The DVD of this movie warns that it's rated "R" for "disturbing brutal violence, aberrant sexual content and some graphic nudity." But that's not why I checked it out of the library almost as soon as I saw it. Nor was it the sultry noir pictures of three of the movie's stars on the DVD case -- Casey Affleck, Jessica Alba, and Kate Hudson - that knocked my socks off. No, what got me was that it's a movie derived from a novel by Jim Thompson, the great trash writer who died in the 1970's leaving Hollywood The Grifters -- which became the movie by the same name starring John Cusack, Angelica Huston, and Annette Bening in 1990 -- as well as leaving the highly literate a shelf-load of extremely imaginative but credible stories about evil human beings mainly living in Southern California.
The Killer Inside Me Theatrical Release Poster (2010)
Actually, Jim Thompson's characters and the noir movies into which they've been transported are more like science fiction characters than those portrayed on celluloid in black-and-white by Richard Widmark, Robert Mitchum, Humphrey Bogart, and a host of lesser movie stars. Thompson's characters are believable in a very strange science fiction way, not because of the way they look but because there's something about them that's totally evil and uncanny while they're indescribably believable.
Three additional stars in The Killer Inside Me who absolutely must be mentioned are Elias Koteas, Ned Beatty and Bill Pullman, who play character roles immaculately.
(The picture above and the three below are all courtesy of Wikipedia.)
But enuf said before the pictures of The Killer's stars on the DVD cover. The movie's three stars on the DVD's cover ARE:
Casey Affleck, by Wikipedia
Casey Affleck, Actor (1988 -- Present)
Jessica Alba, by Wikipedia
Jessica Alba, presenting the film in Paris (2010)
Kate Hudson, by Wikipedia
Kate Hudson, After an Appearance on the David Letterman Show (2006)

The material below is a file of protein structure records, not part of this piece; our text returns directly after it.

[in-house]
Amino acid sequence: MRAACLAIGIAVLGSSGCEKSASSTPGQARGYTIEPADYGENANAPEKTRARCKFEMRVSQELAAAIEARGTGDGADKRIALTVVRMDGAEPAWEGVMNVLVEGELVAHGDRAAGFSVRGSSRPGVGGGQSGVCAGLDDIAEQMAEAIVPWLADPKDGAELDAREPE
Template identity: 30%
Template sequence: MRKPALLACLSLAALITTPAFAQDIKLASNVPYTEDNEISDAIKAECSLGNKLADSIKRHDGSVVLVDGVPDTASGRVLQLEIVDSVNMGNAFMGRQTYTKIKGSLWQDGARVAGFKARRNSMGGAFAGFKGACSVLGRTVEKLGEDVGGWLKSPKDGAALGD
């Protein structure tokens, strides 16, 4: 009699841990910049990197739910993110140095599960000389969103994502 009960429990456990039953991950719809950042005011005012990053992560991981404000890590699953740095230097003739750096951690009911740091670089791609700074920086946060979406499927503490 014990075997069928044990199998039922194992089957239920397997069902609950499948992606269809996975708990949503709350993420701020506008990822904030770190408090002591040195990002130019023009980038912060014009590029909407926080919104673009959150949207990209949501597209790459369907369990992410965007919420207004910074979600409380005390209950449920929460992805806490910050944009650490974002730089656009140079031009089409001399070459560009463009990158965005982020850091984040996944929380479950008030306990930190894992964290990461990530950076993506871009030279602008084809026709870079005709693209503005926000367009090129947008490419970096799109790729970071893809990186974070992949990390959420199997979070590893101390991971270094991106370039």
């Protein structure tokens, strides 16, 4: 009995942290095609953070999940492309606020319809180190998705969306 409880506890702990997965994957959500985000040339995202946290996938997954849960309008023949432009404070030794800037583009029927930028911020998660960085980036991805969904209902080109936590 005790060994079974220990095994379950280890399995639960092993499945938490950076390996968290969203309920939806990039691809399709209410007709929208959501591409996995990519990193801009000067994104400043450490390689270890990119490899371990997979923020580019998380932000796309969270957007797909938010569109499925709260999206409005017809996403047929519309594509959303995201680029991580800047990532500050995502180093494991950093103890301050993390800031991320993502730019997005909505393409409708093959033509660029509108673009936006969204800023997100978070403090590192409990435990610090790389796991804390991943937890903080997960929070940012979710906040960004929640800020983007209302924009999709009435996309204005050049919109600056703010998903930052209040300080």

And, my appreciation: Ta dahhhhh:
The first things that got me about the DVD were the hillbilly portions of the soundtrack and the automobiles. The former are early Lefty Frizell and/or Hank Williams; and whereas the cops in Central City, Texas, drive 1949 Fords, the short scenes in Fort Worth feature much later models of Fords and Chevrolets.
The second thing was the fact that almost all the action occurs in "Central City," a fictional oil boom-town in West Texas. Both of these very heartfelt appreciations follow from the fact I was born in 1941 and raised in south and central Texas, my first car was a 1957 Ford Sedan, and my paternal grandfather was a Texas wildcatter.
The third thing that got me was the story. It's made up of one surprise after another, at least until the viewer realizes that the main character is, simply, evil; and even after that, the dimensions of Casey Affleck's evilness continue to surprise. Among the surprises there's a lot of 2011-modestly pictured rear-entry sex (ie, w/o genitals) and sado-masochism; an earnest and evidently incorruptible law enforcement system, but dungeons in the jail's basement; and an insane asylum with totally unconscious administrators and staff.
But, there I go, spoiling a great movie by telling you way too much. Shame, Shame, on Me.